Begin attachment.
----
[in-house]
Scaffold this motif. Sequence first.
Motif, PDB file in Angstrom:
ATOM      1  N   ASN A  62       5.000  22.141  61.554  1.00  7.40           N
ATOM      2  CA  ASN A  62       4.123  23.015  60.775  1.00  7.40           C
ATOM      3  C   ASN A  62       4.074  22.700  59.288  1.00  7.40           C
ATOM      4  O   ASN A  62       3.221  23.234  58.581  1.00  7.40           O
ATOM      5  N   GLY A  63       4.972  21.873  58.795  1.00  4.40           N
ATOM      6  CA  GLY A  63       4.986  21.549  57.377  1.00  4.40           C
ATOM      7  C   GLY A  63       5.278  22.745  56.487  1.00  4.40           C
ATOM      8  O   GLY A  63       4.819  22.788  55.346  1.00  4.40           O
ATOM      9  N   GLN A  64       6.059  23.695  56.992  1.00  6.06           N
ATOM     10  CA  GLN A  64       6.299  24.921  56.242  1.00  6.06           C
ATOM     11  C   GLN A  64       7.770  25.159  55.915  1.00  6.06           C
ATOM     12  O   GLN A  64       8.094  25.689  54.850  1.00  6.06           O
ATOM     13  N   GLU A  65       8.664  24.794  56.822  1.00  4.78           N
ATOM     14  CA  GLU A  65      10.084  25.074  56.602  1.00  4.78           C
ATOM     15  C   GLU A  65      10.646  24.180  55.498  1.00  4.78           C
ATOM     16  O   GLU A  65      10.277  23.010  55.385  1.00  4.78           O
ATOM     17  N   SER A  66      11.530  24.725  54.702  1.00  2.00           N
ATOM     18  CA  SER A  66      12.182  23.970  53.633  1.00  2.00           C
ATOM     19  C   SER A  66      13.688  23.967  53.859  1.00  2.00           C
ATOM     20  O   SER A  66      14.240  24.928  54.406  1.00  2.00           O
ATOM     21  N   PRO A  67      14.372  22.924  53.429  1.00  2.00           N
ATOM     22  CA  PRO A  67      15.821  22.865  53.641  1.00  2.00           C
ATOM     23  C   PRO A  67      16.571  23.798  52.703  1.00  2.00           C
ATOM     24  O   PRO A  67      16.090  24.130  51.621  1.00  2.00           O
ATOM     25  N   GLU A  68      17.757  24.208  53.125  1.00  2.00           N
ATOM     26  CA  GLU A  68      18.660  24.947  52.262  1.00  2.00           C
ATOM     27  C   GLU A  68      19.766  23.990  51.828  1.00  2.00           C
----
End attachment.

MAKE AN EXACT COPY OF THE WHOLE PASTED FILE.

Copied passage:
[in-house]
Scaffold this motif. Sequence first.
Motif, PDB file in Angstrom:
ATOM      1  N   ASN A  62       5.000  22.141  61.554  1.00  7.40           N
ATOM      2  CA  ASN A  62       4.123  23.015  60.775  1.00  7.40           C
ATOM      3  C   ASN A  62       4.074  22.700  59.288  1.00  7.40           C
ATOM      4  O   ASN A  62       3.221  23.234  58.581  1.00  7.40           O
ATOM      5  N   GLY A  63       4.972  21.873  58.795  1.00  4.40           N
ATOM      6  CA  GLY A  63       4.986  21.549  57.377  1.00  4.40           C
ATOM      7  C   GLY A  63       5.278  22.745  56.487  1.00  4.40           C
ATOM      8  O   GLY A  63       4.819  22.788  55.346  1.00  4.40           O
ATOM      9  N   GLN A  64       6.059  23.695  56.992  1.00  6.06           N
ATOM     10  CA  GLN A  64       6.299  24.921  56.242  1.00  6.06           C
ATOM     11  C   GLN A  64       7.770  25.159  55.915  1.00  6.06           C
ATOM     12  O   GLN A  64       8.094  25.689  54.850  1.00  6.06           O
ATOM     13  N   GLU A  65       8.664  24.794  56.822  1.00  4.78           N
ATOM     14  CA  GLU A  65      10.084  25.074  56.602  1.00  4.78           C
ATOM     15  C   GLU A  65      10.646  24.180  55.498  1.00  4.78           C
ATOM     16  O   GLU A  65      10.277  23.010  55.385  1.00  4.78           O
ATOM     17  N   SER A  66      11.530  24.725  54.702  1.00  2.00           N
ATOM     18  CA  SER A  66      12.182  23.970  53.633  1.00  2.00           C
ATOM     19  C   SER A  66      13.688  23.967  53.859  1.00  2.00           C
ATOM     20  O   SER A  66      14.240  24.928  54.406  1.00  2.00           O
ATOM     21  N   PRO A  67      14.372  22.924  53.429  1.00  2.00           N
ATOM     22  CA  PRO A  67      15.821  22.865  53.641  1.00  2.00           C
ATOM     23  C   PRO A  67      16.571  23.798  52.703  1.00  2.00           C
ATOM     24  O   PRO A  67      16.090  24.130  51.621  1.00  2.00           O
ATOM     25  N   GLU A  68      17.757  24.208  53.125  1.00  2.00           N
ATOM     26  CA  GLU A  68      18.660  24.947  52.262  1.00  2.00           C
ATOM     27  C   GLU A  68      19.766  23.990  51.828  1.00  2.00           C